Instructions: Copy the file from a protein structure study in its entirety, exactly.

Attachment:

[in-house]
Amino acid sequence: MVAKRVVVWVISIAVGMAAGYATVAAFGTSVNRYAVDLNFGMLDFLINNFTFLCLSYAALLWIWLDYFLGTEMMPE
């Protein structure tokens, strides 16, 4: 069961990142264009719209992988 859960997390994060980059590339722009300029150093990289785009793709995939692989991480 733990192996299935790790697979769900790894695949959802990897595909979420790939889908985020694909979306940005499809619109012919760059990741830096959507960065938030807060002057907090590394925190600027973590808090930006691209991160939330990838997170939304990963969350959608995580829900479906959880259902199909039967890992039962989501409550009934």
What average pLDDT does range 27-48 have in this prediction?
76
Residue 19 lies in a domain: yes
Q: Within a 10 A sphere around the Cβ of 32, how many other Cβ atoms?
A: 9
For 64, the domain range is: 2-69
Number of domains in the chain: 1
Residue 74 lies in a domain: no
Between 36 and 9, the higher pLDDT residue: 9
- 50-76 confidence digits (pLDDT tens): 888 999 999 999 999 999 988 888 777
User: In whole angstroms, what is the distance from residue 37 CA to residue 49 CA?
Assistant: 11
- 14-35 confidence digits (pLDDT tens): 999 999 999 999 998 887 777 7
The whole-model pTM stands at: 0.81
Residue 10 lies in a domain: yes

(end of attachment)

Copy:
[in-house]
Amino acid sequence: MVAKRVVVWVISIAVGMAAGYATVAAFGTSVNRYAVDLNFGMLDFLINNFTFLCLSYAALLWIWLDYFLGTEMMPE
């Protein structure tokens, strides 16, 4: 069961990142264009719209992988 859960997390994060980059590339722009300029150093990289785009793709995939692989991480 733990192996299935790790697979769900790894695949959802990897595909979420790939889908985020694909979306940005499809619109012919760059990741830096959507960065938030807060002057907090590394925190600027973590808090930006691209991160939330990838997170939304990963969350959608995580829900479906959880259902199909039967890992039962989501409550009934």
What average pLDDT does range 27-48 have in this prediction?
76
Residue 19 lies in a domain: yes
Q: Within a 10 A sphere around the Cβ of 32, how many other Cβ atoms?
A: 9
For 64, the domain range is: 2-69
Number of domains in the chain: 1
Residue 74 lies in a domain: no
Between 36 and 9, the higher pLDDT residue: 9
- 50-76 confidence digits (pLDDT tens): 888 999 999 999 999 999 988 888 777
User: In whole angstroms, what is the distance from residue 37 CA to residue 49 CA?
Assistant: 11
- 14-35 confidence digits (pLDDT tens): 999 999 999 999 998 887 777 7
The whole-model pTM stands at: 0.81
Residue 10 lies in a domain: yes